Because if you are mother of a daughter, the best you can do is adjust her wedding pallu and wipe eyes daintily. Or cry when her ijjat is lutaoed by thugs. Where is the fun in that? ( Not to mention, where is the very Hot Amitabh Bachchan in that?)

One of the jokes says, ‘Nirupa Roy’s daughter doesn’t talk to her because she was named Vijay by Nirupa Roy’.

And it is true. What is the point of being a poor, marginalised widow unless you have hatte-katte sons to avenge the injustices and receive lectures of morality?

We will continue the discussion on what Nirupa Roy means for Indian motherhood later. till then, enjoy these white yards of jokedom:

1. Nirupa Roy’s laptop has got WIDOW-98 installed.

2. Nirupa Roy can instantly cry on a joke.

3. Nirupa Roy’s laughing MMS goes viral… she claims it’s doctored.

4. Nirupa Roy has 6 sons. All of them are named Vijay.

5. After Nirupa Roy’s first marriage, her father said by mistake: “Sada abhaagan raho!”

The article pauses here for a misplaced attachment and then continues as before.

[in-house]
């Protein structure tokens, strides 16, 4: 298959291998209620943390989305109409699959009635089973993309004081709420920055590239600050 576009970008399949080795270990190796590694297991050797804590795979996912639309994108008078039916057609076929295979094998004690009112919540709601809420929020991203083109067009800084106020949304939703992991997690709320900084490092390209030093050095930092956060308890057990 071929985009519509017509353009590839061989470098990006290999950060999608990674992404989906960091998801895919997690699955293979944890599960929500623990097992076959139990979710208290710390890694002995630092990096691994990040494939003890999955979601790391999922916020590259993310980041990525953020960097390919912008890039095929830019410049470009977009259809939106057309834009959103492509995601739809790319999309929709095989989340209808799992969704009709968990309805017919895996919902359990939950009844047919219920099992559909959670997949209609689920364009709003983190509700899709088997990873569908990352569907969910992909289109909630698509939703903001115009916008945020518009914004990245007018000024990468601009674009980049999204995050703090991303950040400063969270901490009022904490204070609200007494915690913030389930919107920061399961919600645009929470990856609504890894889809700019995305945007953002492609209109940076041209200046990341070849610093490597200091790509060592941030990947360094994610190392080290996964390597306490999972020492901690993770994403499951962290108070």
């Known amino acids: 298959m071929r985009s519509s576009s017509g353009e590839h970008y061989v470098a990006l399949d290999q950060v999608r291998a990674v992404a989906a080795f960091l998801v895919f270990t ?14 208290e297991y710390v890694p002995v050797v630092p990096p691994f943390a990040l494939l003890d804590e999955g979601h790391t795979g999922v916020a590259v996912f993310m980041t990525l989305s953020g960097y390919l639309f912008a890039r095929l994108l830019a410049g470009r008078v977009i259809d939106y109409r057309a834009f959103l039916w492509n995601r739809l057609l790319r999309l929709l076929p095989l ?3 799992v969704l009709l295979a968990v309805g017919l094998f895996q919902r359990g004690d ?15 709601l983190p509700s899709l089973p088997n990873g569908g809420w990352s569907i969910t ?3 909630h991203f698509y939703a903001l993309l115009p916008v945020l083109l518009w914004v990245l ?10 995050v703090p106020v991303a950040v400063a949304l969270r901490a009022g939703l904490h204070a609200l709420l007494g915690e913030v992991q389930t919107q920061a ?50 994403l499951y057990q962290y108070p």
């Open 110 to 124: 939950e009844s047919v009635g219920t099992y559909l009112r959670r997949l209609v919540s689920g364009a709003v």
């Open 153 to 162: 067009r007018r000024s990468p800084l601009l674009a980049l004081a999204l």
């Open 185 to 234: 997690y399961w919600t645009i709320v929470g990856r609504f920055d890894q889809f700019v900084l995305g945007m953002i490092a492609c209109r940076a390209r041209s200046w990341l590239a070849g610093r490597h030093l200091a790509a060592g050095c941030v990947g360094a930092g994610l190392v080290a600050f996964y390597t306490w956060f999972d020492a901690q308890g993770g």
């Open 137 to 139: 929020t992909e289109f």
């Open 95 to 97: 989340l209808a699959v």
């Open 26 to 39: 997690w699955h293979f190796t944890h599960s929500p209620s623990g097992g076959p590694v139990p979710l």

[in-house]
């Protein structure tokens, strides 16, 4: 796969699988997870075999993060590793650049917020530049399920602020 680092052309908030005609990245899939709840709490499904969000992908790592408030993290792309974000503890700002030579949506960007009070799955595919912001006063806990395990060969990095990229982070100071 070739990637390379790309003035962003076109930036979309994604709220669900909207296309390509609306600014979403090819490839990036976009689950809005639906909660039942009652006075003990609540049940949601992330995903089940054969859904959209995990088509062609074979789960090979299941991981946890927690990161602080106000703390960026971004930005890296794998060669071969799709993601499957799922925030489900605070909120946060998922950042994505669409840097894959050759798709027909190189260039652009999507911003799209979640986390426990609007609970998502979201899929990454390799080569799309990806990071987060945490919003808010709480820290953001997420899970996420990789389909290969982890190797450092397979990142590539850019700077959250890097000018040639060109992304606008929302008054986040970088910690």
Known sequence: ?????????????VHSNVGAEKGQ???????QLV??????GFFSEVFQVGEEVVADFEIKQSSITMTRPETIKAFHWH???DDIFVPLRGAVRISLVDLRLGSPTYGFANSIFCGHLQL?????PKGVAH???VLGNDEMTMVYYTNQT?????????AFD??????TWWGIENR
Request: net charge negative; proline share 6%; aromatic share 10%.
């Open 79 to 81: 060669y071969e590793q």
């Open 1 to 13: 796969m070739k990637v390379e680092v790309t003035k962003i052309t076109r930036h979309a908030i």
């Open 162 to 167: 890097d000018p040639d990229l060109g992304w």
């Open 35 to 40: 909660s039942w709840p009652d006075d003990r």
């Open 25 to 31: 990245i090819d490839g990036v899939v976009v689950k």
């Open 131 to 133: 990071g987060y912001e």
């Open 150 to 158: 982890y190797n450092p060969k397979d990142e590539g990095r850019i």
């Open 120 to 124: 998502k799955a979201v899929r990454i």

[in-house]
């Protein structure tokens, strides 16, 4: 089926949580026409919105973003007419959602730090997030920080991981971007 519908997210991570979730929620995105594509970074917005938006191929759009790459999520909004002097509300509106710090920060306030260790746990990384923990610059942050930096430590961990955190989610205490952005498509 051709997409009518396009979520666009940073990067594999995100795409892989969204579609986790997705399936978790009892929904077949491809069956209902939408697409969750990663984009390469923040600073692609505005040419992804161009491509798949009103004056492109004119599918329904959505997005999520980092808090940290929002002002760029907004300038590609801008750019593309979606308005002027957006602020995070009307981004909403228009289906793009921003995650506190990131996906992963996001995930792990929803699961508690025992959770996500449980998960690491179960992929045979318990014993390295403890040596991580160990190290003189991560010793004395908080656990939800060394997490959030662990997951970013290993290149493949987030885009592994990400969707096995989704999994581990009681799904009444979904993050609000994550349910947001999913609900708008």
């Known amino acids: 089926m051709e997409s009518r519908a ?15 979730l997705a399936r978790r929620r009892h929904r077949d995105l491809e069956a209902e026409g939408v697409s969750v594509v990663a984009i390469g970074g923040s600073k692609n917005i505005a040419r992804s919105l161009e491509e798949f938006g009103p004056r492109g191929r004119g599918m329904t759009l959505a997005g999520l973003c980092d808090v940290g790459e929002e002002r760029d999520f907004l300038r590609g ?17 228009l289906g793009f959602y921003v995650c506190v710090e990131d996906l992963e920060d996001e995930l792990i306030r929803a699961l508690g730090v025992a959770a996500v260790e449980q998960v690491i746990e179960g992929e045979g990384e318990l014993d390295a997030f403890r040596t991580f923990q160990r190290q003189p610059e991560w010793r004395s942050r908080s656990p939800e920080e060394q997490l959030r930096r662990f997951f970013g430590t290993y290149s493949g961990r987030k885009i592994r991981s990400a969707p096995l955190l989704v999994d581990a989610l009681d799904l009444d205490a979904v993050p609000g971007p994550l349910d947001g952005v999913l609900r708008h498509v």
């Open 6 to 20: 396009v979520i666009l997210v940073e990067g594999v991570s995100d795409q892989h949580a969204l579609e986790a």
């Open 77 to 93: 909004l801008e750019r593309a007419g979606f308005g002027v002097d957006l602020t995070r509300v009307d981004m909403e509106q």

6. In her next flick, Nirupa Roy might lock lips with Alok Nath.

7. Cannes to roll out white carpet for Nirupa Roy’s welcome.

8. Nirupa Roy’s most horrifying nightmare: she saw that she was young!!

9. Nirupa Roy’s most romantic moment: when her husband gave her flowers for the first time…on Mother’s Day.

10. Nirupa Roy’s daughter doesn’t talk to her anymore as she tried to name her ‘Vijay’ when she was born.

11. Nirupa Roy has 73 shades of white in her wardrobe collection.

12. Nirupa Roy to play lead role in upcoming movie ‘Hasee To Phasee’.

13. Nirupa Roy dragged Johnson & Johnson to court over the “No more tears” campaign.

14. Nirupa Roy plays Holi with sindoor.

15. Nirupa Roy’s Whatsapp status says: “Last cried at…”

16. Nirupa Roy was once approached for a comedy movie. That casting director lost his job.